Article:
On January 15, 2019, Mr. Dufour was deposed his capacity as a Rule 30(b)(6) representative of the City-Parish. (R. Doc. 109-2). Plaintiff's counsel presented Mr. Dufour with the City-Parish's interrogatory responses and Mr. Dufour's verification. (R. Doc. 109-2 at 50). Mr. Dufour acknowledged that the signature on the verification was his own but that he had no recollection of signing the verification. (R. Doc. 109-2 at 51-55). Mr. Dufour further testified that he did not conduct any walk-through of the prison to determine compliance with the 1991 or 2010 ADA standards or otherwise made any efforts to determine that the prison complied with the 1991 or 2010 ADA standards. (R. Doc. 109-2 at 55-56). Mr. Dufour confirmed that he does not know whether the prison is in compliance with all applicable provisions of the ADA regarding prisons, despite his verification of the City-Parish's answer to Interrogatory No. 3. (R. Doc. 109-2 at 58-59). There is no dispute that the City-Parish has not withdrawn Mr. Dufour's verification of Interrogatory No. 3.

         Based on the foregoing, Plaintiff argues that the City-Parish has provided Plaintiff with admittedly false testimony, the Court should issue a harsh sanction under its inherent authority to deter future misconduct, and that sanction should consist of prohibiting the City-Parish from using any affidavits, requiring this order to be distributed to all members of the City-Parish council, and ordering the City-Parish to pay attorney's fees and costs. (R. Doc. 23 at 15-19).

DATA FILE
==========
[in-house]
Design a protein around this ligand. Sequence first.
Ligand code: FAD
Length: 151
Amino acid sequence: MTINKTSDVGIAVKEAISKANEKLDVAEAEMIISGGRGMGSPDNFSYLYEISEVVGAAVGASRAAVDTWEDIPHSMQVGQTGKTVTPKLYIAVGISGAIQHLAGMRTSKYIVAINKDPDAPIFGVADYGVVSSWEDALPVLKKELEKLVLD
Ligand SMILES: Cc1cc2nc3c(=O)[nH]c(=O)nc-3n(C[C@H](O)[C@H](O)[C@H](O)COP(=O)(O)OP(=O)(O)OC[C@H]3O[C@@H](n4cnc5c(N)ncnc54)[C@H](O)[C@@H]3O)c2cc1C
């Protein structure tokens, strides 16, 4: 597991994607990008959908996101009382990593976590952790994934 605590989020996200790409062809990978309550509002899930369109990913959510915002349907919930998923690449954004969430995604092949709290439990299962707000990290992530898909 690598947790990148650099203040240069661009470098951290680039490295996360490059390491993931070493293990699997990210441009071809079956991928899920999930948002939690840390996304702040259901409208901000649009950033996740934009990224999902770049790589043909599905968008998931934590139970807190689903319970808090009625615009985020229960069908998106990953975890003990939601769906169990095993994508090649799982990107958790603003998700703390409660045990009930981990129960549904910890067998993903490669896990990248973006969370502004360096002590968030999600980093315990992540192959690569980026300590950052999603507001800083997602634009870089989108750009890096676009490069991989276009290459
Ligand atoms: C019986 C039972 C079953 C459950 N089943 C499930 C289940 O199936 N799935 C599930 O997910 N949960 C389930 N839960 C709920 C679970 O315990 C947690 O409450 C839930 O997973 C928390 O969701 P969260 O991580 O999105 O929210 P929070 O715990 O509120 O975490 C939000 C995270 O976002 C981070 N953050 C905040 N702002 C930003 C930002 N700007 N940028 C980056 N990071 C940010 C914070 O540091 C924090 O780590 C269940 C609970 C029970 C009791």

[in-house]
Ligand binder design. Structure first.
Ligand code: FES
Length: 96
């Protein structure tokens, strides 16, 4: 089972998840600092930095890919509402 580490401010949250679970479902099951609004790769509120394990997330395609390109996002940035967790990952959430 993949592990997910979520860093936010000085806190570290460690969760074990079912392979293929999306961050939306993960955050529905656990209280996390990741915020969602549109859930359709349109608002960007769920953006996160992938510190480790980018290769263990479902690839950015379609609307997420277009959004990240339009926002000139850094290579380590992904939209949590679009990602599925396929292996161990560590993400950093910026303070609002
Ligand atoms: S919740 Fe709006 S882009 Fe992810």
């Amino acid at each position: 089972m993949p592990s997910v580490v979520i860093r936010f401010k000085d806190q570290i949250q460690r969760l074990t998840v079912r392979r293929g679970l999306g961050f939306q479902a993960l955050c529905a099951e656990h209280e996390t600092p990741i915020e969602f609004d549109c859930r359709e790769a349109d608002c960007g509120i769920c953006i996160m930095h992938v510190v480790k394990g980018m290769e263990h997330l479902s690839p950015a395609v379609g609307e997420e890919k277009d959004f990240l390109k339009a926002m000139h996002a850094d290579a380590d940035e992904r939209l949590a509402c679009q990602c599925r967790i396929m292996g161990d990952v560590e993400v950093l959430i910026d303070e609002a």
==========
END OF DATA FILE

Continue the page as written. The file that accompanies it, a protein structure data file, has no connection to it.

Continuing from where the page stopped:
Second, Plaintiff asserts that the City-Parish should be sanctioned under Rule 37(c)(2) in light of the City-Parish's denials to Plaintiff's Request for Admission Nos. 1-2. (R. Doc. 109-1 at 11-12, 18-19). The City-Parish denied that it “does not maintain a facility that is accessible to individuals with disabilities who require wheelchair accessibility as required by the Americans with Disabilities Act.” (R. Doc. 109-4 at 3). The City-Parish also denied that it “denied plaintiff Sherman Mealey access to the shower in the jail infirmary upon his request on or around August 2015.” (R. Doc. 109-4 at 3). Plaintiff argues that he has proven both denials are false, and, accordingly, should be awarded attorney's fees because the denials were not premised on a reasonable belief that the City-Parish might prevail on the matters denied.

         In opposition, the City-Parish asserts that the motion is without merit because it has “provided consistent factual information” in response to Plaintiff's written discovery, and that the motion is premature to the extent it involves ultimate issues to be determined by a trier of fact. (R. Doc. 110). The City-Parish argues that Plaintiff confirmed during his own deposition “that he had access to the showers and shower facilities within the jail at all times during his incarceration at the jail.” (R. Doc. 110 at 5-6). The City-Parish further asserts that its responses to the discovery requests were its legal positions as opposed to the factual lack of knowledge of the particulars in the ADA provided by Mr. Dufour at his deposition. (R. Doc. 110 at 7). Finally, the City-Parish asserts that Plaintiff has suffered no prejudice as a result of the City-Parish's discovery responses. (R. Doc. 110 at 7-8).

         II. Law and Analysis

         A. The City-Parish's Verified ...